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Collision Resolution: Open Addressing

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- Quadratic Probing
- Double Hashing
- Random Probing
- Informal Analysis of Hashing

- Quadratic probing: Attempts to avoid cluster buildup.
- In this method, c(i) is a quadratic function in i:
c(i) = a i2 + bi + c

- Quadratic probing is usually done using c(i) = i2 .
- We use the following slight modification to c (i) :
c(i)=i2, c(i)= -i2, for i=1,2,…,(n-1)/2

- Thus the probe sequence is
h(r)+i2, h(r)- i2, for i=1,2,…,(n-1)/2

- Use the hash function h(r) = r.id % 13 to load the following records into an array of size 13.
Al-Otaibi Ziyad1.73985926

Al-Turki, Musab Ahmad Bakeer1.60970876

Al-Saegh, Radha Mahdi1.58980962

Al-Shahrani, Adel Saad1.80986074

Al-Awami, Louai Adnan Muhammad1.73970728

Al-Amer, Yousuf Jauwad1.66994593

Al-Helal, Husain Ali AbdulMohsen1.70996321

Then insert the following records quadratic probing to resolve collisions, if any.

Al-Najjar, Khaled Ziyad1.69987615

Al-Ali, Amr Ali Zaid1.79987630

Al-Ramadi, Husam Yahya1.58987602

0 1 2 3 4 5 6 7 8 9 10 11 12

Husain

Yousuf

Khalid

Louai

Ziyad

Amr

Radha

Husam

Musab

Adel

- In general, quadratic probing improves on linear probing but does not avoid cluster buildup.
- Gives rise to secondary clusters which are less harmful than the primary clusters in linear probing.
- Hash table size should not be an even number, therwise
Property 2 will not be satisfied.

- Ideally, table size should be a prime, 4j+3, for an integer j, which guarantees Property 2.

- A disadvantage: colliding keys at a given address tread the
same probe sequence.

- This sequence of locations is called a secondary cluster.
- Unlike primary clusters, secondary clusters cannot combine into
larger secondary clusters.

- To eliminate secondary clustering, synonyms must have
different probe sequences.

- Double hashing achieves this by having two hash functions that both depend on the hash key.

- Double hashing: Best addresses secondary clustering.
- Uses two hash functions, h and hp, with the usual probe
sequence:

hi(r) = (h(r) + i*hp(r)) mod n

- We see that c(i) = i*hp(r) satisfies Property 2 as well,
provided hp(r) and n are relatively prime.

- To guarantee Property 2, n must be a prime number.

- Using two hash functions can be expensive.
- In practice, a common definition for hp is :
hp(r)= 1 + (r mod (n-1)).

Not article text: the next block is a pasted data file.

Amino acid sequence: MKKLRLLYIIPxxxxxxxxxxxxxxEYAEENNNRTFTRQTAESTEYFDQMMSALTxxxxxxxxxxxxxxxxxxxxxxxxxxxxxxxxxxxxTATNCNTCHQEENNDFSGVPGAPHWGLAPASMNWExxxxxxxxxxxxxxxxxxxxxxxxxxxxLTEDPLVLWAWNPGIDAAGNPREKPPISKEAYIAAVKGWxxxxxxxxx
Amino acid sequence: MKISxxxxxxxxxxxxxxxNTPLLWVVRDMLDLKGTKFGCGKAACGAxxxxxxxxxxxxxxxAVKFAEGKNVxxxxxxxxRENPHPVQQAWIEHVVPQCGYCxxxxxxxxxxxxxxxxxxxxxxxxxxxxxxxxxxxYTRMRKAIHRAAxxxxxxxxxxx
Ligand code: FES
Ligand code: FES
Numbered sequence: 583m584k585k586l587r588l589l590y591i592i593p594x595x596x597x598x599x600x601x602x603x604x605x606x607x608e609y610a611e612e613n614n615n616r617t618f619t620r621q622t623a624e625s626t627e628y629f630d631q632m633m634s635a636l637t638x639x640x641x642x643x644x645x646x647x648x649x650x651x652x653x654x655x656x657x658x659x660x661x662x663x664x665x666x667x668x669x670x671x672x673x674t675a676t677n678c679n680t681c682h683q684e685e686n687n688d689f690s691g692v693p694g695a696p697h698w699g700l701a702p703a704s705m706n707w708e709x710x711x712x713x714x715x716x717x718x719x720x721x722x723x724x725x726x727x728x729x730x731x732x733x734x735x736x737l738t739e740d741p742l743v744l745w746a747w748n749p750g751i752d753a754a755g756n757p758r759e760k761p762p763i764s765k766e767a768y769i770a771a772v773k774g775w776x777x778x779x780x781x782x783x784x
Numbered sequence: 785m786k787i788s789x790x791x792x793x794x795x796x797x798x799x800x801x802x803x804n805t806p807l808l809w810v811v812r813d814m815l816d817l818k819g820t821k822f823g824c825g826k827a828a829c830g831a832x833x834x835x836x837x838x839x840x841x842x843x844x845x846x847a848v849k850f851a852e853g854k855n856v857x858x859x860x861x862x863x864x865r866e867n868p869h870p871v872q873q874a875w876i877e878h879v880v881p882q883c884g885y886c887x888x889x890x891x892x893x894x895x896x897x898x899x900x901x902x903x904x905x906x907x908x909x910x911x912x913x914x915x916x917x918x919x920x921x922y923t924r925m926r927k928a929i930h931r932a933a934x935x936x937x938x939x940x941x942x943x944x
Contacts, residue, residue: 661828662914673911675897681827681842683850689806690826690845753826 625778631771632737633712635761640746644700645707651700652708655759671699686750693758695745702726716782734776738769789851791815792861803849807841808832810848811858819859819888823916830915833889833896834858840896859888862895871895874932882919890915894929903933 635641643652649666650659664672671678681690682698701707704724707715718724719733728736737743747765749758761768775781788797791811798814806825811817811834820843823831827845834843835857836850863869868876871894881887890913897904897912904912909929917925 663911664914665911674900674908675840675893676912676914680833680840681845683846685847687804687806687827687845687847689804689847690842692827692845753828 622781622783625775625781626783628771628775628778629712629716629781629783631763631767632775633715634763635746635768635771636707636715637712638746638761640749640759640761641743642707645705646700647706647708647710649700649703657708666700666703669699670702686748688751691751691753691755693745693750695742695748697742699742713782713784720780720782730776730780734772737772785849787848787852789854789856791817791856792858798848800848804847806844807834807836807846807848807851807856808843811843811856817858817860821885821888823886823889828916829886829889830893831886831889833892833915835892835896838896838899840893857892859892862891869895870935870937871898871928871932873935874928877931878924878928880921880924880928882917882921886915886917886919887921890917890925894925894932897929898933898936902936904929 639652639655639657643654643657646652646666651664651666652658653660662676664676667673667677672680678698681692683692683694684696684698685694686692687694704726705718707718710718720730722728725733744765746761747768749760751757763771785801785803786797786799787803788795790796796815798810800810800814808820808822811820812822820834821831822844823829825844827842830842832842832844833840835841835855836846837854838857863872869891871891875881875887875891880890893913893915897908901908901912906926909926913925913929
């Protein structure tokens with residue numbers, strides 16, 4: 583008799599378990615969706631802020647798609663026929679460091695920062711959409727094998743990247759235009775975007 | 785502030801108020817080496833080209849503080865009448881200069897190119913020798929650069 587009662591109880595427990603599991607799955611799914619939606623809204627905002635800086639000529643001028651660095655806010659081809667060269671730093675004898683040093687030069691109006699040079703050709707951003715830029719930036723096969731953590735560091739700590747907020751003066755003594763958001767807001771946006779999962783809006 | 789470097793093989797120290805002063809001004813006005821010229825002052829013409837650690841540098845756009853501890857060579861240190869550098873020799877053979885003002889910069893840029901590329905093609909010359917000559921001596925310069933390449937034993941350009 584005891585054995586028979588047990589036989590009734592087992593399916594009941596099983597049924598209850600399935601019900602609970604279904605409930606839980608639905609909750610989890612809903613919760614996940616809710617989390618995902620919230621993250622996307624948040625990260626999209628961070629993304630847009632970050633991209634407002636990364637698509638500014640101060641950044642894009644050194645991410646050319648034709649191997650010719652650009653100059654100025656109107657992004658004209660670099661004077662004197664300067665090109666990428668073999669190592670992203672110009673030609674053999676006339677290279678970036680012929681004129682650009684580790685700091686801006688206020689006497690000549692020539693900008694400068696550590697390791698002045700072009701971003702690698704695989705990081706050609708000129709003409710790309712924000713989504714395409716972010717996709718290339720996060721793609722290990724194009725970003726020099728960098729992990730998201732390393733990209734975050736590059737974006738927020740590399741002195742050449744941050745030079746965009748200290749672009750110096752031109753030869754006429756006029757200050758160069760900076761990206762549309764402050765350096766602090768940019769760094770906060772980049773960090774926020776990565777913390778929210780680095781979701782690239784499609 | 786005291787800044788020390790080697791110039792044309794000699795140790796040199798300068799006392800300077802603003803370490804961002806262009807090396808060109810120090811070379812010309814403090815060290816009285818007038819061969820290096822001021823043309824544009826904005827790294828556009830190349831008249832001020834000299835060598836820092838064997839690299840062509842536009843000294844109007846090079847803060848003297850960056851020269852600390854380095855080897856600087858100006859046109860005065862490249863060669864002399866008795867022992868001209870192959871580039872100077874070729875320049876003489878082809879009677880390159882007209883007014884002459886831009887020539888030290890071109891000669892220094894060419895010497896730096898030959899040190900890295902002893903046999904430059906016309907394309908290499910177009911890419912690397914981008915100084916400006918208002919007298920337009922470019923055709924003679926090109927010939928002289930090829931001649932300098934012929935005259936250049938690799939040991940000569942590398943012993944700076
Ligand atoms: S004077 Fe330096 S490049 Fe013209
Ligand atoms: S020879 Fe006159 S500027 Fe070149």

- Thus, the probe sequence for r hashing to position j is:
j, j+1*hp(r), j+2*hp(r), j+3*hp(r), …

- Notice that if hp(r)=1, the probe sequence for r is the same
as linear probing.

- But if hp(r)=2, the probe sequence examines every other
array location.

- Use double hashing to load the following records into a hash table
Al-Otaibi Ziyad1.73985926

Al-Turki, Musab Ahmad Bakeer1.60970876

Al-Saegh, Radha Mahdi1.58980962

Al-Shahrani, Adel Saad1.80986074

Al-Awami, Louai Adnan Muhammad1.73970728

Al-Amer, Yousuf Jauwad1.66994593

Al-Helal, Husain Ali AbdulMohsen1.70996321

Al-Najjar, Khaled Ziyad1.69987615

Al-Ali, Amr Ali Zaid1.79987630

Al-Ramadi, Husam Yahya1.58987602

Use the following pair of hash functions

h(r) = r.id % 13

hp(r) = 1 + (r.id % (n-1)).

0 1 2 3 4 5 6 7 8 9 10 11 12

Husain

Yousuf

Husam

Louai

Ziyad

Amr

Radha

Khalid

Musab

Adel

- Random probing: Uses a pseudo-random function to "jump
around" in the hash table.

- Here, c(i) is defined so that it always produces a 'random‘
integer in the range 0, 1, ..., n - 1.

- The function c(i) can be defined recursively as follows
c(0) = 0

c(i+1) = (a*c(i) + 1) mod n

- We choose a to insure Property 2, too.
- This recursive definition of c() is a permutation of
0, 1, ..., n - 1 iff a - 1 is a multiple of every prime

divisor of n, where 4 is considered as prime.

- Let n = 16, a = 3. We get the sequence for c(i) :
0 1 4 13 8 9 12 5 0 1 4 13 8 9 12 5 0 ...

which is not a permutation of 0,1,2, …, 15.

- The prime divisors of 16 are 2 and 4, so (a-1) must be a multiple of 4.
- If we choose a = 5, then, we get the sequence
0 1 6 15 12 13 2 11 8 9 14 7 4 5 10 3 0 1 6 ...

which is a permutation of 0, 1, 2, …, 15.

- We could also select a to be 9, 13, 17, etc.

- For our students records example, n = 13 which has itself as its only prime divisor.
- We can therefore select a = 14. The probe sequence turns out to be: 0 1 2 3 4 5 6 7 8 9 10 11 12 0 1 ... which is the same as in linear probing.
- Note that the name "random probing" is exaggerative.
- Random probing eliminates the problem of secondary clusters.

- In the best case, successful hash search requires one probe.
- In the worst case, hash search becomes a sequential search.
- For the average case, the number of probes depends on the load
factor.

- The load factor in open addressing is less than 1 while it
can be greater than 1 in chaining.

- Note that some methods are worse than others at high load
factors.

- Performance of open addressing methods about the same at
low load factors.

1. If a hash table is 25% full what is its load factor?

2. Given that,

c(i) = i2,

for c(i) in quadratic probing, we discussed that this equation

does not satisfy Property 2, in general. What cells are missed by

this probing formula for a hash table of size 17? Characterise

using a formula, if possible, the cells that are not examined by

using this function for a hash table of size n.

3. It was mentioned in this session that secondary clusters are less

harmful than primary clusters because the former cannot combine

to form larger secondary clusters. Use an appropriate hash table

of records to exemplify this situation.

4.What value would you select for a given a hash table of size 100?